A growing problem Featured

8:00pm EDT April 25, 2009

An epidemic that lowers workplace productivity, causes life-threatening illnesses and contributes to skyrocketing increases in health care costs is impacting Americans at alarming rates. That epidemic is obesity, and it is one of the most serious global health crises. Nowhere is it more evident than in the U.S., which weighs in as the world’s most obese country.

To learn more about the crisis, its impact on business and some remedies, Smart Business spoke to Barry Arbuckle, Ph.D., president and CEO of the MemorialCare Medical Centers and immediate past chair of the California Hospital Association.

How serious is the problem?

In the U.S., infants up to 6 months old are 60 percent more likely to be overweight than those born two decades ago. Nearly one of three children is overweight and one in five is obese. Adult obesity rates continue to climb with up to three-fourths of American adults aged 20 to 74 overweight or obese — up dramatically from 1980 when the national average was 15 percent. The average U.S. adult man weighs 191 pounds and the average women weighs 164. Rates are even higher among Hispanic, African-American and American Indian populations.

If the trends continue, researchers fear nearly every American will be overweight within four decades, even those who made it well into adulthood without a weight issue. Research shows how obesity takes years off your life, may be as dangerous as smoking and reverses decreases in heart disease. About 300,000 die each year from complications related to their extra weight. This could be the first generation with a lower life span and more critical illnesses than their parents — an alarming fact considering the tremendous progress we’ve made in curbing and curtailing diseases and lengthening life spans.

Why has the problem escalated so quickly?

Our fast-food culture and our sedentary lifestyles are major culprits. The World Health Organization cites a shift in diet toward increased consumption of energy-dense, nutrient-poor food high in saturated fats and sugar, plus an unbalanced intake of salt combined with a decrease in physical activity as key contributors.

What is the impact on business?

Extra pounds increase costs and account for billions of dollars in California’s annual medical expenditures. This costs the state and its businesses nearly $25 billion a year in lost productivity, higher insurance premiums and medical costs. Employees who are overweight have higher rates of absenteeism and chronic disease, lower productivity and increased use of health resources, adding to the cost of doing business. It is estimated that health care costs directly related to added weight will double each decade, reaching $957 billion in 2030. That’s one of every six health care dollars spent in the U.S.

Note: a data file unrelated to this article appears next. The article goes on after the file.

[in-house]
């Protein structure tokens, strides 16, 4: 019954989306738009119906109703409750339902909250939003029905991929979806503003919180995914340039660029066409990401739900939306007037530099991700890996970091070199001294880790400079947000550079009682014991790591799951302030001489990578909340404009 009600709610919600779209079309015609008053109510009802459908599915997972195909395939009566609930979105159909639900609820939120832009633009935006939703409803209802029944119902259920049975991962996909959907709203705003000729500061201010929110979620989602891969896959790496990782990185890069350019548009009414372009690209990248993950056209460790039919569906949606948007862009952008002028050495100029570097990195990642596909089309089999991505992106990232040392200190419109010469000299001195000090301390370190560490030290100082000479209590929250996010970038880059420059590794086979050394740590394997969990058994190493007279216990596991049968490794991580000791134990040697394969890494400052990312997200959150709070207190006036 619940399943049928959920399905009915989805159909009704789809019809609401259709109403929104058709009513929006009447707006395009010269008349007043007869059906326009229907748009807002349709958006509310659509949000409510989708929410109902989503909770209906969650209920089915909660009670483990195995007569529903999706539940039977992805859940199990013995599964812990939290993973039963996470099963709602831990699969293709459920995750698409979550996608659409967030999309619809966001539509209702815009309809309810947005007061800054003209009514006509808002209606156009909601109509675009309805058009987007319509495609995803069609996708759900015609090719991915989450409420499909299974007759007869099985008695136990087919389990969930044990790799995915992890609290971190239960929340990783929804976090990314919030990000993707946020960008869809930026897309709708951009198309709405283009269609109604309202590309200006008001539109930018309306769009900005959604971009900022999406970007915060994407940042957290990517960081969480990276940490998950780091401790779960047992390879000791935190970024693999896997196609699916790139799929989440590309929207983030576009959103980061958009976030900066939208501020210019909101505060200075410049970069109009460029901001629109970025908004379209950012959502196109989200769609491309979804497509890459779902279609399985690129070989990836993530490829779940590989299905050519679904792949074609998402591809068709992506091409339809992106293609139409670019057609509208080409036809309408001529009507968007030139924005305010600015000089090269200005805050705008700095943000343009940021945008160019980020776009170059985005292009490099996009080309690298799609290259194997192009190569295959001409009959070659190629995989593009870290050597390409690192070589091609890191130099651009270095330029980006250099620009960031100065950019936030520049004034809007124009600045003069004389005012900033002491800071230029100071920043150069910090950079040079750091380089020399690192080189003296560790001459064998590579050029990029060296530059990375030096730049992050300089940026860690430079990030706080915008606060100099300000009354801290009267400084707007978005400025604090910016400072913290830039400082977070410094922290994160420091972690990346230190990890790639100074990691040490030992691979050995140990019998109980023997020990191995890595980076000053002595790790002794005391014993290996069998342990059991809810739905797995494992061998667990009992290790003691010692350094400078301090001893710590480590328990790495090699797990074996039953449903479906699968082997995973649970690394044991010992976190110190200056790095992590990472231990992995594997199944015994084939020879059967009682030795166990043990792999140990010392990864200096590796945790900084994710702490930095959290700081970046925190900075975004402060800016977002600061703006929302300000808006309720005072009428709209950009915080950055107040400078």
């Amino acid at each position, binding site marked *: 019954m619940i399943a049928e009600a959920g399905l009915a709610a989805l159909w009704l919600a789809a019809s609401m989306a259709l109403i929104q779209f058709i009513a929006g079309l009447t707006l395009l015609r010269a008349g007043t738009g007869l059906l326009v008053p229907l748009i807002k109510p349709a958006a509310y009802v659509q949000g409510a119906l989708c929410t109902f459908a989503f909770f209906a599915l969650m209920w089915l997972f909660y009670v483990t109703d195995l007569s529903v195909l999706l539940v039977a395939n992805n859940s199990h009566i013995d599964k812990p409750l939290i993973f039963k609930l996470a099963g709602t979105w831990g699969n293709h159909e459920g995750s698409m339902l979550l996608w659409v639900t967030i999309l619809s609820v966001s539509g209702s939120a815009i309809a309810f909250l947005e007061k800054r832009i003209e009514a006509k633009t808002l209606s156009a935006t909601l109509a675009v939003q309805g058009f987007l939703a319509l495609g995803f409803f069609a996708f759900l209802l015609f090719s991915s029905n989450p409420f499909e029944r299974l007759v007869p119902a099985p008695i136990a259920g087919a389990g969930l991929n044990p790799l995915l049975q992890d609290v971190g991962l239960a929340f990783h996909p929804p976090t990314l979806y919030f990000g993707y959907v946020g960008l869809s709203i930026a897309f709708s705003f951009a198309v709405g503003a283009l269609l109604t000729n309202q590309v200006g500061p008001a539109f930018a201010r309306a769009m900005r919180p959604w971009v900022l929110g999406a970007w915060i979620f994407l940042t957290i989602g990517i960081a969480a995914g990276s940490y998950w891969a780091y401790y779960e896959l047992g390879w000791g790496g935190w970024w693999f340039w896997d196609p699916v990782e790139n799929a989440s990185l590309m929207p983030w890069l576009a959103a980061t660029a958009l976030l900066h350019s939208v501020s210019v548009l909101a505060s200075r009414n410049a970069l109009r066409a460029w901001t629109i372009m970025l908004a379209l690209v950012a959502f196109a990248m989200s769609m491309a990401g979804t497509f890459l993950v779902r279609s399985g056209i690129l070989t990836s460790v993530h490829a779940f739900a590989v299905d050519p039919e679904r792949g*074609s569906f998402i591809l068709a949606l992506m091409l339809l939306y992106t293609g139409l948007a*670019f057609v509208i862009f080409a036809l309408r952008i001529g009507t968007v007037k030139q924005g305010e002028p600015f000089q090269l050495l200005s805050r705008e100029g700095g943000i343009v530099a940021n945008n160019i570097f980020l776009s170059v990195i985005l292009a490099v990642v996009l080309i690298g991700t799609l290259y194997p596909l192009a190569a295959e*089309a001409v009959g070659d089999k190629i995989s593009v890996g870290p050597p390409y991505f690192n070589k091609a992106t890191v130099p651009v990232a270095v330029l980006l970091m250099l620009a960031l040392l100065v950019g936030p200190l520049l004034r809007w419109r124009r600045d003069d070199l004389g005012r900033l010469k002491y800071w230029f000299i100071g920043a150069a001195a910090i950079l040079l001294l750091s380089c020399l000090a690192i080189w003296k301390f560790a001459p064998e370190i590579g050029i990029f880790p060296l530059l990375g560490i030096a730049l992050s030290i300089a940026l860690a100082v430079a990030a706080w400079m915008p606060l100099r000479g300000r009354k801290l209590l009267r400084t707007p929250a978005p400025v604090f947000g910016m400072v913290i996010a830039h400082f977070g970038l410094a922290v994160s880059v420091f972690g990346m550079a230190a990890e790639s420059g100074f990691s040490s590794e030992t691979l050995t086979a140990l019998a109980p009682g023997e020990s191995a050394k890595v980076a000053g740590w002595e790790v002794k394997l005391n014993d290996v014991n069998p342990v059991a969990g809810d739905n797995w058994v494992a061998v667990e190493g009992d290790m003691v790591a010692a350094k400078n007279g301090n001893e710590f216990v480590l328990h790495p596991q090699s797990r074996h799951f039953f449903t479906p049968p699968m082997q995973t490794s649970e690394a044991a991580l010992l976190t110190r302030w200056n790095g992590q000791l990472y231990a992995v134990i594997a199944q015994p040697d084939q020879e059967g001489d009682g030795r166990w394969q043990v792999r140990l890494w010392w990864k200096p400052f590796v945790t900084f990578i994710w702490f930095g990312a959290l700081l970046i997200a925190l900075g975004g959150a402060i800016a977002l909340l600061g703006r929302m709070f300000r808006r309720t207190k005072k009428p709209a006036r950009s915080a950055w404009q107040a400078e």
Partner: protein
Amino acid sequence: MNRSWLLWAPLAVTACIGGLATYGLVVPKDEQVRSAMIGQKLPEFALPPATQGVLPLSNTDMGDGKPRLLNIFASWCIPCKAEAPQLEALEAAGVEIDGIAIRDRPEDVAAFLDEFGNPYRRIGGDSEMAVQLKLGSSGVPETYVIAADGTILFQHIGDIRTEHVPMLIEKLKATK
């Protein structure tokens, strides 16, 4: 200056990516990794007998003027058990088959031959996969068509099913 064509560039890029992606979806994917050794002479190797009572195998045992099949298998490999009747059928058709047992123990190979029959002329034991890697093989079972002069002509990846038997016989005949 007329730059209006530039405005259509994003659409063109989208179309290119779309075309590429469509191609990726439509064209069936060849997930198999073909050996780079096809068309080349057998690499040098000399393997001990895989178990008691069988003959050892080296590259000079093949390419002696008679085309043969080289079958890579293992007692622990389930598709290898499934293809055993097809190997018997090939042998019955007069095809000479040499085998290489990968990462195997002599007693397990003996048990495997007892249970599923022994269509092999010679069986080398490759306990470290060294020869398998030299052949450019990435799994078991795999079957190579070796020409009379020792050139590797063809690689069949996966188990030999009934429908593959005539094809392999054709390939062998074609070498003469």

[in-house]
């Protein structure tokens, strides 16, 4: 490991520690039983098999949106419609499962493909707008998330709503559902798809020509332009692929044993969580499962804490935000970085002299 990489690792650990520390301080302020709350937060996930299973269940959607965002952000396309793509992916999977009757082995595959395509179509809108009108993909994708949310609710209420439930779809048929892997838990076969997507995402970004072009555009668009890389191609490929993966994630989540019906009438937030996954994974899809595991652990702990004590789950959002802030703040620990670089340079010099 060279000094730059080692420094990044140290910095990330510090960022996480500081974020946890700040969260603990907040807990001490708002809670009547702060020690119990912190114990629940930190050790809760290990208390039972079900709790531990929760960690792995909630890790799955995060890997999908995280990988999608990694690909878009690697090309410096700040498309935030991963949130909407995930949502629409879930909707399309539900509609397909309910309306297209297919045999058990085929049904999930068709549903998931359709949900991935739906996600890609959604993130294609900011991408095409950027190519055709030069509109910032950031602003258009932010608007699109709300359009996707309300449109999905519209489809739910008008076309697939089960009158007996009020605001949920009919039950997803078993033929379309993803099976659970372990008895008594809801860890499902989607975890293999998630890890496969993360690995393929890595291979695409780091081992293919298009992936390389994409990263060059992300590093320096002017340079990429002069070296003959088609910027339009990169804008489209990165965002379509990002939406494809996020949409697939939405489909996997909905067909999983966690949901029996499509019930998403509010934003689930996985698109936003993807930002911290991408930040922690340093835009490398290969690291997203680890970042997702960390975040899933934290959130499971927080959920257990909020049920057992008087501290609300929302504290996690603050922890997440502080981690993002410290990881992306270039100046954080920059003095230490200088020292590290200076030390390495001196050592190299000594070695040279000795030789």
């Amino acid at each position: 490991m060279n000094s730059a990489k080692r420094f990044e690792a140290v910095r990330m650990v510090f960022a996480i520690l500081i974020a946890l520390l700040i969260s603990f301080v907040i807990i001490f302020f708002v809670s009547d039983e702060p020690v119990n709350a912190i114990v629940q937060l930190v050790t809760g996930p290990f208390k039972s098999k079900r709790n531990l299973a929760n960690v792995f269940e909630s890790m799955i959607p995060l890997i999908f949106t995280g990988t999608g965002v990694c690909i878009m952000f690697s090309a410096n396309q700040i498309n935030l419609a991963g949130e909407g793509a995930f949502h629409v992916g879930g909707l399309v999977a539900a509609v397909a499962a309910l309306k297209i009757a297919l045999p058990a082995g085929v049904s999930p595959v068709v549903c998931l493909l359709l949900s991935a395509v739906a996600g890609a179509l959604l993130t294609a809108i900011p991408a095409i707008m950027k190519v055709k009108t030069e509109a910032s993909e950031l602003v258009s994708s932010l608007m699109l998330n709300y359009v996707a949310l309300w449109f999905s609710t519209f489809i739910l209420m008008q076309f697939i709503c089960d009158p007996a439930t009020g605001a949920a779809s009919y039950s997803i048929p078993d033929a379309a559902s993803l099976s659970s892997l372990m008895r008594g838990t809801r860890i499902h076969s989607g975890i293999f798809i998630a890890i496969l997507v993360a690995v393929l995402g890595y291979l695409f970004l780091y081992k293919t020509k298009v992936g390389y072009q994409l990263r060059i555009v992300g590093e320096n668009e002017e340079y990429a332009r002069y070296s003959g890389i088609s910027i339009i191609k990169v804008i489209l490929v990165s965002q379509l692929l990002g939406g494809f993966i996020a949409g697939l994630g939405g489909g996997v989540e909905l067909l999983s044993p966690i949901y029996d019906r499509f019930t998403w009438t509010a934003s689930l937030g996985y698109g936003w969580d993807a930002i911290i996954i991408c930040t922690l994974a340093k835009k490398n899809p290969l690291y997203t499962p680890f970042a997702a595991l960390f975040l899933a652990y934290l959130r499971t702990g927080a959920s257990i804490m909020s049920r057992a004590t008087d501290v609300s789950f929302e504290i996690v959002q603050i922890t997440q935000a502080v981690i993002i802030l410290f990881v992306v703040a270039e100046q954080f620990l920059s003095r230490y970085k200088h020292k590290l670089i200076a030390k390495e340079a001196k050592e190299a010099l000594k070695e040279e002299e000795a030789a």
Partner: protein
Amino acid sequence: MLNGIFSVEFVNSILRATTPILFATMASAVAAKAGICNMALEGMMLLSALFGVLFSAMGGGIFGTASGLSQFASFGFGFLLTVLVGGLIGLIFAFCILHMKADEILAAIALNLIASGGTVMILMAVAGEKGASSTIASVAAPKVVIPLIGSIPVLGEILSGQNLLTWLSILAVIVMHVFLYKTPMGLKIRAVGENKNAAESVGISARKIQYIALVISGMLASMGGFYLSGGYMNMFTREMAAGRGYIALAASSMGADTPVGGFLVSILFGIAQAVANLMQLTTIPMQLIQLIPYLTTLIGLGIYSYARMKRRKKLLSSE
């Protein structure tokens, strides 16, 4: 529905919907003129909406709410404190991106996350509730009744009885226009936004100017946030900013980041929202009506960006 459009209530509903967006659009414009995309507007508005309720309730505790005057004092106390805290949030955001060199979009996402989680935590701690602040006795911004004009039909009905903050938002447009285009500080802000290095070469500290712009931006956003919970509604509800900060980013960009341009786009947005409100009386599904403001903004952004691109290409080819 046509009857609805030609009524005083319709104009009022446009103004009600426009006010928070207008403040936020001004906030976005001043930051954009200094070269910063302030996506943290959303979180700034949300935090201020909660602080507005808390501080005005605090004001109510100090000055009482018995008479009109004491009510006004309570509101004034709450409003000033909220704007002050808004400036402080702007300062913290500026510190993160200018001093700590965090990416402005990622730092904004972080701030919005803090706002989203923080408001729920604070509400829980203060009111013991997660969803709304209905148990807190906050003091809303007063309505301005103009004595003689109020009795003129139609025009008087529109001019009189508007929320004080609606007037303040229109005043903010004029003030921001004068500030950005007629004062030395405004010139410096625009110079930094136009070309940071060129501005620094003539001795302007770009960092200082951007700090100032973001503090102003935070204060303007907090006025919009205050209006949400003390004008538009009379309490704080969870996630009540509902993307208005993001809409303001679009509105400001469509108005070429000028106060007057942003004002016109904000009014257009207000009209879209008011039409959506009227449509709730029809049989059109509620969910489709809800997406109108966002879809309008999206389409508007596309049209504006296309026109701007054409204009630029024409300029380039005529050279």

Without significant attention and strategies to reverse these trends, our children’s generation will be at high risk for cancers, heart disease, rising cholesterol, higher blood pressure, diabetes, strokes, mental disorders, gallstones, osteoarthritis, sleep apnea, orthopedic-related illness, gastrointestinal diseases, and injuries and other problems that relate to excess pounds. American businesses will suffer from an unhealthy, less productive work force. We must all collaborate to ensure real change.

What can the health care industry do?

Many hospitals like our MemorialCare Medical Centers offer educational programs, seminars, self-help groups, speakers and services to the community and employers. Common treatments range from dietary, behavior, drug and combined therapies to physical activities and surgery for the severely obese who have not responded to other treatments.

How can employers help reverse the trend?

Despite the skyrocketing growth and increased presence in the workplace, obesity is a preventable condition. Just a 5 percent increase in physical activity by Californians over five years could save businesses and the state $6 billion a year. A 10 percent increase could save $13 billion. Employers should collaborate with hospitals, physicians, public health, school nurses and disease-related organizations in the fields of cancer, heart disease, diabetes and others to develop effective prevention and treatment

No- to low-cost solutions are available that can help reverse the trends of inactivity and overeating. They include classes on how to adjust a diet to reduce calorie intake; enjoyable employee walking programs and desk exercises that become part of the workplace routine; a move from unhealthy to nutritious foods in the cafeteria and vending machines; healthy family meal preparation lessons; employee and family support groups; programs that reward those losing weight and lowering blood pressure and other health risks; and more.

Obesity should not be seen as a problem that solely impacts how a person looks and is perceived. Employers need to recognize and encourage prevention and treatment of obesity as a disease with deadly risks and complications. While there may be no instant panacea, we can make significant strides by getting our employees and their families moving and eating the right foods in the right amounts to keep their bodies healthy.

Barry Arbuckle, Ph.D., is president and CEO of MemorialCare Medical Centers (www.memorialcare.org) and past chair of the California Hospital Association. Reach him at arbuckle@memorialcare.org or (562) 933-9708. MemorialCare Medical Centers include Saddleback Memorial Medical Center in Laguna Hills, Orange Coast Medical Center in Fountain Valley, Anaheim Memorial Medical Center, Long Beach Memorial Medical Center, Miller Children’s Hospital in Long Beach and Saddleback Memorial Medical Center in San Clemente.